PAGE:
The other aspect is a general point about the identification of witnesses.  Barnardo's put something in my head that I had not thought of prior to today.  In respect of focusing on the terms, I am aware of at least one individual who came to Kircubbin from Scotland.  I stand to be corrected, but I think that he was funded by a Scottish board at the time.  Would he fall within the remit?  I am also aware of at least one from the Republic of Ireland, and I am not sure who he was funded by.  So, it falls into that Barnardo's aspect of making sure that there is total inclusion for everybody who attended. 

Again, I reinforce the point that Barnardo's made about isolated witnesses.  We are aware of one in person in England whom I have spoken to.  There are also elderly individuals in the United States, who may be in a position to give evidence, but it is unlikely that they are going to be able to travel here in person.  However, they could be very valuable witnesses to Sir Tony Hart.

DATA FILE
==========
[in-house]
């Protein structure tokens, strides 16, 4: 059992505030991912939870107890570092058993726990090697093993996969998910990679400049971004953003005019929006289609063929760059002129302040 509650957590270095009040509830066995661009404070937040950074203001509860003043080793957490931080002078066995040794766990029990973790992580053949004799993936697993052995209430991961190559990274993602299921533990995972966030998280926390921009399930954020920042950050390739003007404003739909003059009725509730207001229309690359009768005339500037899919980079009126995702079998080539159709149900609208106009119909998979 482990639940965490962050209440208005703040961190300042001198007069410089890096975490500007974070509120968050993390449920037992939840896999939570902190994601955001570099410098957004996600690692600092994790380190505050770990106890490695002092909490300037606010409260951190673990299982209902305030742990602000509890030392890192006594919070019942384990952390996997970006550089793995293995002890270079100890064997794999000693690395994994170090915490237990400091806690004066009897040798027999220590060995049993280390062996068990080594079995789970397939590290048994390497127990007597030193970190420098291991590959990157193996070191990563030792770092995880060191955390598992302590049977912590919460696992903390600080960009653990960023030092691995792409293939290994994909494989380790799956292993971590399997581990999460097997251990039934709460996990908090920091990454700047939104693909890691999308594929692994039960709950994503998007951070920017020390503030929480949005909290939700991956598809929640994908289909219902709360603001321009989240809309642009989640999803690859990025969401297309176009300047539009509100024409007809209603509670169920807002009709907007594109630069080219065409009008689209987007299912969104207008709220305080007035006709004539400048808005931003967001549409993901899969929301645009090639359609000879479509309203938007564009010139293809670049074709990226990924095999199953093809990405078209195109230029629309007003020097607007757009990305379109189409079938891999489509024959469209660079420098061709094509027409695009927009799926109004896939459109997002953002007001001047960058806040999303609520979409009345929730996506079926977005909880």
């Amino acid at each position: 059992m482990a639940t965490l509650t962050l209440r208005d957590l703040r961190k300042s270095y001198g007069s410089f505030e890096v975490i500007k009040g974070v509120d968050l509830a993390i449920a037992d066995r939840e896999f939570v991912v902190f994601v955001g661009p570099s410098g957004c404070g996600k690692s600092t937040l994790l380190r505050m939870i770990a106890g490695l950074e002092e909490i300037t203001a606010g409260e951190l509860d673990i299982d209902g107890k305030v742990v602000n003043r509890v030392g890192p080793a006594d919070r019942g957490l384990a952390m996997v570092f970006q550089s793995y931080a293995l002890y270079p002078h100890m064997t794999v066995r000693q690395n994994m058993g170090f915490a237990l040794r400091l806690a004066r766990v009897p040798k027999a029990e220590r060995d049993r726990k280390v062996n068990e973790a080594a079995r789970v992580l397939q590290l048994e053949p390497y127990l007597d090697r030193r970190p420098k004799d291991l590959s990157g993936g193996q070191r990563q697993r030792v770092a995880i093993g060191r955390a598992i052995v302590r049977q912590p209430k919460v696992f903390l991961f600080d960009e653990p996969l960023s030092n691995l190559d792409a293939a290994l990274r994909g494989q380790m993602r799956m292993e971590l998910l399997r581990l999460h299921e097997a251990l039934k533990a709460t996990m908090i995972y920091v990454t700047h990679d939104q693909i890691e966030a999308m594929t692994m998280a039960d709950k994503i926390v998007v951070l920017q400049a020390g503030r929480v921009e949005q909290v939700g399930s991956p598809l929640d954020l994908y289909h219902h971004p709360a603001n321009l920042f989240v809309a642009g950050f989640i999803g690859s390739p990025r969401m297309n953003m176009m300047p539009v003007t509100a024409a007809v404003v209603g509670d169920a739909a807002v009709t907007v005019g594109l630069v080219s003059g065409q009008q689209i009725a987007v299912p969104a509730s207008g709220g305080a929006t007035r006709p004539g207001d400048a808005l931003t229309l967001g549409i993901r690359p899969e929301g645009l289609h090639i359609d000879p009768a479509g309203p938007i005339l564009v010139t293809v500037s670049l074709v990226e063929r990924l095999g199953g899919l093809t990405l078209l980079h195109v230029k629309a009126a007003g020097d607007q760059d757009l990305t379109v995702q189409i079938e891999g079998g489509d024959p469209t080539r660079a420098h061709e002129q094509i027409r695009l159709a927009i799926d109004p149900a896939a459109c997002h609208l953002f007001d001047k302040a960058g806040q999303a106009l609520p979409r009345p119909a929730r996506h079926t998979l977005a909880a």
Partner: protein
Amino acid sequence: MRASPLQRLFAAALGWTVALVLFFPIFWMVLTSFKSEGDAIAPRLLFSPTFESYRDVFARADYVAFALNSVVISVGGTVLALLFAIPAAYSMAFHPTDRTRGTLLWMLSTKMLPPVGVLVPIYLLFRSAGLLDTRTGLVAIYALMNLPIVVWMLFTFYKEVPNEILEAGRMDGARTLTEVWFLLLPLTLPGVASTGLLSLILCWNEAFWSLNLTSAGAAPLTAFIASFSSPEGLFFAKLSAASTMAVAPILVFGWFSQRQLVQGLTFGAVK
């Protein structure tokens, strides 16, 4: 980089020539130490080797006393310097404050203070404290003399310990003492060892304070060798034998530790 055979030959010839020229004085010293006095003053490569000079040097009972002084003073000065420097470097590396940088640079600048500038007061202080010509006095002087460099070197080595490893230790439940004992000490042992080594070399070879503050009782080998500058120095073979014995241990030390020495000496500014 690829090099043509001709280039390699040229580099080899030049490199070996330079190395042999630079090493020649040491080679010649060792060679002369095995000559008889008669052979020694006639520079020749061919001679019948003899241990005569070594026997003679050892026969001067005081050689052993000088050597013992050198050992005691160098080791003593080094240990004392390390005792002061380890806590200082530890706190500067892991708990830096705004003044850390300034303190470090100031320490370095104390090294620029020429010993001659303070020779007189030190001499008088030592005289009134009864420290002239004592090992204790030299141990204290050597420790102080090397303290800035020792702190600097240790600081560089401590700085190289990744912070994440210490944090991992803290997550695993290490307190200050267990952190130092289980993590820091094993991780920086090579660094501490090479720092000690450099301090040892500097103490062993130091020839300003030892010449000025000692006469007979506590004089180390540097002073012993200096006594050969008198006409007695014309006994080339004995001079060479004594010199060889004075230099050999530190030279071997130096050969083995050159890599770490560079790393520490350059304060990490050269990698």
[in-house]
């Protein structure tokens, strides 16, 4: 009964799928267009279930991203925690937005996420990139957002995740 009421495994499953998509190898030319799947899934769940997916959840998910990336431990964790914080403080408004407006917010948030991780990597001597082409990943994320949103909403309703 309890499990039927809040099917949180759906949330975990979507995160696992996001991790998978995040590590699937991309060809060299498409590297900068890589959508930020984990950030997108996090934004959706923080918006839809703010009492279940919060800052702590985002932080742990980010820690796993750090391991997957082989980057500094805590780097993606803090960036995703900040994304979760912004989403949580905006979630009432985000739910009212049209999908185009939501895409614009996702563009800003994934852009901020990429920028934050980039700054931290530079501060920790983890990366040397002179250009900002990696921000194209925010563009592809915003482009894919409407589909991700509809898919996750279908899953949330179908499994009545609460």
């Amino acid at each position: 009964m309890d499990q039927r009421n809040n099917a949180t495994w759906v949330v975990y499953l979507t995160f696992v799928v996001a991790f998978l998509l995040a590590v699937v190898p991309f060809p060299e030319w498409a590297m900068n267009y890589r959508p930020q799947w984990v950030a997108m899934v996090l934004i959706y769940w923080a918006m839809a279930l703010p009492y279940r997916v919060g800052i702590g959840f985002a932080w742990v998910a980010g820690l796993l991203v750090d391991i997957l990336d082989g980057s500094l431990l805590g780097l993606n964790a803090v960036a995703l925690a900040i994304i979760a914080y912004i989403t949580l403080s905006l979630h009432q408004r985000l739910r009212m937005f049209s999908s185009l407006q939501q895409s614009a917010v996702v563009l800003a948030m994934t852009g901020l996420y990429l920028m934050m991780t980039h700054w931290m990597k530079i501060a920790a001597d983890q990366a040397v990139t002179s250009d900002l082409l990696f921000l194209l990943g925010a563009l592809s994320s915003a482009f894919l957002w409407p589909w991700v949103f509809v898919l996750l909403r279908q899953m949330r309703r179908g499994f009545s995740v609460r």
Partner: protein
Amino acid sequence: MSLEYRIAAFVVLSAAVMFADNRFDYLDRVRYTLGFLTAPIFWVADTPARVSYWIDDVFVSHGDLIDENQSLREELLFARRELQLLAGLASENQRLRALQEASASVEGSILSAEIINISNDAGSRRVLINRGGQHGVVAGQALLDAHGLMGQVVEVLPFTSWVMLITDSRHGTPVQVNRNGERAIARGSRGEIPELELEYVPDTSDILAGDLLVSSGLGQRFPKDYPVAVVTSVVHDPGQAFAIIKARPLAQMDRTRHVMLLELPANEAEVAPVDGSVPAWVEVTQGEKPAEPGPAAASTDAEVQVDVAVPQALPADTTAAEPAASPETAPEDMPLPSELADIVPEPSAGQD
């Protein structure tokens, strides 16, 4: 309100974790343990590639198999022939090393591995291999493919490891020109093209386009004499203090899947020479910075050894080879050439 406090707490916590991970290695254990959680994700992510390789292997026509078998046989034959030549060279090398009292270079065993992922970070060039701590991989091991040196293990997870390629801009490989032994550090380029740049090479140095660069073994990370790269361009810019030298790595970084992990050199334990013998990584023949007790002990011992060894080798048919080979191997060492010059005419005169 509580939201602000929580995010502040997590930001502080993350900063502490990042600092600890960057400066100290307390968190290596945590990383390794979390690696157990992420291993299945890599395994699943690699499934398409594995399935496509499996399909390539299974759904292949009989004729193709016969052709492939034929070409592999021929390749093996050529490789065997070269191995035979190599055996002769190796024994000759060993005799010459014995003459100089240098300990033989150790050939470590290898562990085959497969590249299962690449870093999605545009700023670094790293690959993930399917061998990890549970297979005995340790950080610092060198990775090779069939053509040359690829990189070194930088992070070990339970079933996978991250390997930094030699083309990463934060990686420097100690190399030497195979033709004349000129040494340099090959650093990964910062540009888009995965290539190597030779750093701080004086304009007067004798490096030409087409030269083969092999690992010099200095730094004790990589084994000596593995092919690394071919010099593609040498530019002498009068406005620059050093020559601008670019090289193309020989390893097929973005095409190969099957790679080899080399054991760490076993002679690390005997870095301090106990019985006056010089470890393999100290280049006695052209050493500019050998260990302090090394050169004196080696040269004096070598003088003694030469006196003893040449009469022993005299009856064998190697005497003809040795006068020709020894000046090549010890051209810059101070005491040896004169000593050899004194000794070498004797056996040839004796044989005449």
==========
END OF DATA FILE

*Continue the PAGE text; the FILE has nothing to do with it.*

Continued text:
I could be wrong, but there seems to be a general perception about which institutions were involved and the perception that the acknowledgement forum is for people who describe themselves as abused and survivors.  The Assembly in general should try to widen that to encourage anybody who was a former resident, a former member of staff, a former social worker or involved in a former departmental body.  The Ministry of Home Affairs and the Department of Education examined those places and had experience with them.  People like that should be encouraged to come forward.  We will not have access to them.  The only people who will have access to them will be those in the Assembly.